…...we will not be interested in the robot's cycle time, but rather in the complex evaluation of all relevant data in order to make decisions based on real information that are aimed at continuously improving efficiency.
Are there region-specific advantages and disadvantages in Central Europe that make it difficult or more accessible for clusters of industrial automation companies to work together?
Slavoj Musílek: Every country is a bit different, but the purpose, functioning, and benefits of automation are the same everywhere, primarily serving the exact needs and solving the same problems. The industry and society are changing; it is becoming increasingly difficult to find experts for monotonous and exhausting work, while at the same time, cost pressures are increasing, deadlines are getting shorter, and quality requirements are getting stricter. The global pandemic and the associated experience of supply chain vulnerability are added. These challenges are being experienced simultaneously in all countries in the region. At the same time, however, automation systems have reached a level where they are technologically and affordably accessible to even the smallest businesses.
The regional level of automation is lower than in Western Europe, but there are no significant differences within the area itself. Looking more closely at the V4 countries, the differences in automation are mainly due to different industrial structures. Where the automotive industry has traditionally dominated, the level of automation will also be higher, as this sector has always been an early adopter of new technologies. The Czech Republic and Slovakia are thus slightly ahead of Hungary and Poland.
Róbert Haraszti: In Western Europe, labor costs are much higher, so the payback period for an automation investment can be much shorter. This kind of change started years ago in our country with a sharp wage increase. Still, automation processes have only penetrated the level of small and medium-sized enterprises in the region to a limited extent. This is a significant difference from Western Europe, where micro and small enterprises are also being automated, contributing significantly to the regional productivity gap. In Hungary, smaller firms do not yet consider automation in such a natural way; tradition is often a higher priority than innovation. This also sets the path: if regional firms want to remain competitive, they should follow the automation path. After all, despite all the protectionist rhetoric, competition is global.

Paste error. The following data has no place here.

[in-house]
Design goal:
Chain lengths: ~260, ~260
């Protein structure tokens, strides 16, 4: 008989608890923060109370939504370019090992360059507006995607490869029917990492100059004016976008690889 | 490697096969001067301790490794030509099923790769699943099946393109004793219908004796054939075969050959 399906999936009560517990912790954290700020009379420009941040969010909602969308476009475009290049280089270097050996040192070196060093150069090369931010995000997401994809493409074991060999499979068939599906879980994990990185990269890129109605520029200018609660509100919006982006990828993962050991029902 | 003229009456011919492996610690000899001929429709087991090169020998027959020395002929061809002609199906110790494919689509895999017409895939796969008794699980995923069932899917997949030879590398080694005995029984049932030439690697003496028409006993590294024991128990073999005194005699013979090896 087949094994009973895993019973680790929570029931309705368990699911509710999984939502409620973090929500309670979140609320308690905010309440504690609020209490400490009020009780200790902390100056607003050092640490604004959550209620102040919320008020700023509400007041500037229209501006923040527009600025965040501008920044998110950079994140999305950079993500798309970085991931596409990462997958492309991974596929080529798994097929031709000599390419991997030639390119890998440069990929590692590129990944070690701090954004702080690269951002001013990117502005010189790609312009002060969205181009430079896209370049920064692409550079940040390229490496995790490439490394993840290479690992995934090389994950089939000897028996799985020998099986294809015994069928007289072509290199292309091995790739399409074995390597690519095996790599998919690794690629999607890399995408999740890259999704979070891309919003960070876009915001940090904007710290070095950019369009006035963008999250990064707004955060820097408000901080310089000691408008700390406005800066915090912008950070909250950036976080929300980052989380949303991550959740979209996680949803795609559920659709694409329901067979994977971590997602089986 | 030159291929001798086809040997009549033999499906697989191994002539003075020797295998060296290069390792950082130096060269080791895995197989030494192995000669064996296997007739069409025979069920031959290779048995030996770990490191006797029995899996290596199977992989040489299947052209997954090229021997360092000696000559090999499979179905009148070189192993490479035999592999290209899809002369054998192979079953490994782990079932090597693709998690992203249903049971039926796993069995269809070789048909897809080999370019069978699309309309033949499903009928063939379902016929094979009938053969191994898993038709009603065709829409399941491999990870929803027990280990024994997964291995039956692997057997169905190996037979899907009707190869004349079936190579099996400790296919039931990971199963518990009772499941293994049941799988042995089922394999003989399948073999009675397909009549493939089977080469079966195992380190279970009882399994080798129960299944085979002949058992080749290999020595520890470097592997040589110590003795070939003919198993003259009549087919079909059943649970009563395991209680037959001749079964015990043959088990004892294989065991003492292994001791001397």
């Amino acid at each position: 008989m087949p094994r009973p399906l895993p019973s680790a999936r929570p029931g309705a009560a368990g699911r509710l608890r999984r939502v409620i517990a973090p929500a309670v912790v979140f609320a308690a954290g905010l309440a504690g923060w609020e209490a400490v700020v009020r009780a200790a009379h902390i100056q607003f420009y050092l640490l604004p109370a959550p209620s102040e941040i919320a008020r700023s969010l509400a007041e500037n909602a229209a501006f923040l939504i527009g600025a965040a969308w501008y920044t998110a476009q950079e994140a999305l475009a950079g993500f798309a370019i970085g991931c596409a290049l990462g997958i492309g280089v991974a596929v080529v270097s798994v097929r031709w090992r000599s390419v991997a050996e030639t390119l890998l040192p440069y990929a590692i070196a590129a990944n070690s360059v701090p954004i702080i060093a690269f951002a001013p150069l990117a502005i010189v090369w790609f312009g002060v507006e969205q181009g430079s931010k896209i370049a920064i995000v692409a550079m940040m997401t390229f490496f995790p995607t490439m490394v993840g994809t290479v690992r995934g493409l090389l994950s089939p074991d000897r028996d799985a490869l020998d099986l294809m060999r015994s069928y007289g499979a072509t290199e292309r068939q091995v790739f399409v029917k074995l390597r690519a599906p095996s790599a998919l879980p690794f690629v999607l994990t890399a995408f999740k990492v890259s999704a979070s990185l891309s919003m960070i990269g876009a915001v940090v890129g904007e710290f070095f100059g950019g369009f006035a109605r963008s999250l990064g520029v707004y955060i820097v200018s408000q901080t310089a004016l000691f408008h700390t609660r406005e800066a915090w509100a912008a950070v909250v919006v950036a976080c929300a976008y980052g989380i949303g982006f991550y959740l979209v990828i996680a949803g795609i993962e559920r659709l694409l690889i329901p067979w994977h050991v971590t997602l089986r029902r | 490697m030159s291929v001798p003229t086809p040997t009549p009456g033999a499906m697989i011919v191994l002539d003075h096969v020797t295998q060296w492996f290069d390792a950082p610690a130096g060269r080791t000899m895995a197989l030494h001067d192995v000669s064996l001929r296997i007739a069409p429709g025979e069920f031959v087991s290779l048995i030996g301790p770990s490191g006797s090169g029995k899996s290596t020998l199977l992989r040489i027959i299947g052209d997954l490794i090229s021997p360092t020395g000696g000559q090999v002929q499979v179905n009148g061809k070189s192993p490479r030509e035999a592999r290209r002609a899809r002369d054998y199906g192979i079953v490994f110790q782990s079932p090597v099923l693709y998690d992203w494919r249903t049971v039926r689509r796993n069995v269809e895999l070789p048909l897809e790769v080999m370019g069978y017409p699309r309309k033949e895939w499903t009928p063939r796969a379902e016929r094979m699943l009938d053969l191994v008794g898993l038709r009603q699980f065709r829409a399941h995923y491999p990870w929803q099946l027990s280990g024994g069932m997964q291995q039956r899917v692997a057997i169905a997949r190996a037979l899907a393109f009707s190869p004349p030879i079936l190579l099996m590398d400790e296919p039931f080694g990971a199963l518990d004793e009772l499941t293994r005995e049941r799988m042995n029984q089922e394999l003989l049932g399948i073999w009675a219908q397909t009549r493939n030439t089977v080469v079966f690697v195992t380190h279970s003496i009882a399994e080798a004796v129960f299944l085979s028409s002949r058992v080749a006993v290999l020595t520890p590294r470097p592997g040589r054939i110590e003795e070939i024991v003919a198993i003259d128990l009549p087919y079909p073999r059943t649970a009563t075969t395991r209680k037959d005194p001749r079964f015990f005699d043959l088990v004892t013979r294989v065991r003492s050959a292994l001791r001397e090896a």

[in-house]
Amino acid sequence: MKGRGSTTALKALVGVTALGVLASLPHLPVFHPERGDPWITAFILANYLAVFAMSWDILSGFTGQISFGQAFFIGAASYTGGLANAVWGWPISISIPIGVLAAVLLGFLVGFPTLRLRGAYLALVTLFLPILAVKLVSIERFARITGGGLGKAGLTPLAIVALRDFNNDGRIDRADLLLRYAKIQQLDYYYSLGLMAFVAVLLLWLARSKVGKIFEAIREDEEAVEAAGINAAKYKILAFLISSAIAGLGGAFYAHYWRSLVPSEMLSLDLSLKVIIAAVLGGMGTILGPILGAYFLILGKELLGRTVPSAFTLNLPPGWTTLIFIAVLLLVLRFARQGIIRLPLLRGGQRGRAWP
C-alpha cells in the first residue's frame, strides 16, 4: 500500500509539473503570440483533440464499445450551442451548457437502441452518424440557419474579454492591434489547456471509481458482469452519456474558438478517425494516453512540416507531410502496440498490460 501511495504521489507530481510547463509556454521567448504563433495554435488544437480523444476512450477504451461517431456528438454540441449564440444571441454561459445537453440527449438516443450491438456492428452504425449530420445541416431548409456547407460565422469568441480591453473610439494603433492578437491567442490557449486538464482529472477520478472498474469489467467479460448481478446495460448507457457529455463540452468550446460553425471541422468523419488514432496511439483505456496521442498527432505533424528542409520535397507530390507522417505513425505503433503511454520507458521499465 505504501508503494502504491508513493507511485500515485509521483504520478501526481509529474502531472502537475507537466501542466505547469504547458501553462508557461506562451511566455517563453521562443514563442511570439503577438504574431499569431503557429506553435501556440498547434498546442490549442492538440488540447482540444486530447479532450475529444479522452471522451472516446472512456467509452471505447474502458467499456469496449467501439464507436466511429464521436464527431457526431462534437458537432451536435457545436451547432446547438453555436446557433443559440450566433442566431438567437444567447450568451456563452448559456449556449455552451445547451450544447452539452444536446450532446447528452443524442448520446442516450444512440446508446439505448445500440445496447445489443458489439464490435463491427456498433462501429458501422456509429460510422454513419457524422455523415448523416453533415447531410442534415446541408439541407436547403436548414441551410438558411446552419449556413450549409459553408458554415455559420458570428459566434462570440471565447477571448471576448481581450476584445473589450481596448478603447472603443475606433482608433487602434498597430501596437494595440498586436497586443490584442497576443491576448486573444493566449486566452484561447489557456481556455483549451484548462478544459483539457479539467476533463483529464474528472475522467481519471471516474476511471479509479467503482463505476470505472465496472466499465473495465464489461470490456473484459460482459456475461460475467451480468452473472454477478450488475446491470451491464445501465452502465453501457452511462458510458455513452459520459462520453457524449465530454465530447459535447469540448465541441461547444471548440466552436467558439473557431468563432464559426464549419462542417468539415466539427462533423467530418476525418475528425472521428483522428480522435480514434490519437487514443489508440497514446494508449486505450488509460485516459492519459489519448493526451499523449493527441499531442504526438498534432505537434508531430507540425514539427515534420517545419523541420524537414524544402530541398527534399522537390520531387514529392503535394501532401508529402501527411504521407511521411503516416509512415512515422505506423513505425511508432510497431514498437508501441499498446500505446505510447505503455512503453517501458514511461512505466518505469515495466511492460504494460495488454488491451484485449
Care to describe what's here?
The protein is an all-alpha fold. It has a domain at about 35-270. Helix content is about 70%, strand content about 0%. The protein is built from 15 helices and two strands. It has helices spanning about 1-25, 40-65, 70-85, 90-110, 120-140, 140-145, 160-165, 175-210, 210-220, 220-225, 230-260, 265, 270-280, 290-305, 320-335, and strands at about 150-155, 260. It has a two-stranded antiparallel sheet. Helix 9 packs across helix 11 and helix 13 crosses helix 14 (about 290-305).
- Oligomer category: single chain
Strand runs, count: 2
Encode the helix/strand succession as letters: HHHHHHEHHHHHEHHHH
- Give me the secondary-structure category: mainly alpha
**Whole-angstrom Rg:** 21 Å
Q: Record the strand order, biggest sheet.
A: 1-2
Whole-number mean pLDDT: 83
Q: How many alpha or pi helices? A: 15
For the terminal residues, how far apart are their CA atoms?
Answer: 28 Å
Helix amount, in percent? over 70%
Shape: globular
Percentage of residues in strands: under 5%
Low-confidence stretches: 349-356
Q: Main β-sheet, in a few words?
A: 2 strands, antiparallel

Electromobility will come to the fore in the automotive industry, and the Central European supply chain will adapt. Is this a challenge or an opportunity for CEAH?
Róbert Haraszti: It's an opportunity. Cost-effective battery technology can only be produced with high economies of scale, which requires a high degree of automation. Production lines must also be flexible; advanced identification technology and material tracking are required to monitor individual requirements. And now, the incoming large automotive companies are also not planning to stay within national boundaries but will seek regional cooperation. This operating model will also impact their suppliers so that regional automation holding will be highly competitive in the emerging market. But we also need to be prepared for the challenges: adapting our flexible manufacturing solutions as much as possible to the methods required for battery and electric vehicle production.
Slavoj Musílek: The problem for car manufacturers is not the design and production of electric cars but the restructuring of the entire supply chain. Most of the suppliers that produce mass-produced items, such as mechanical components for traditional car production, will no longer be needed, so that car manufacturers will need many sensors, software products, etc. This is a massive opportunity for all players in this sector to participate in the changes, but they must also prepare for it.
Is the EU support program a valuable tool for reducing disparities?
Slavoj Musílek: This question should be divided into two parts. Multinational companies use subsidies very effectively to develop their competitiveness or sustainability technologies. However, small and medium-sized enterprises use only a few grant resources for investments in automation. This may be due to several reasons, such as too diverse a product range or concerns about the complexity of the devices and the lack of in-house Staff skills for such a technological leap. The complicated grant system does not help SMEs.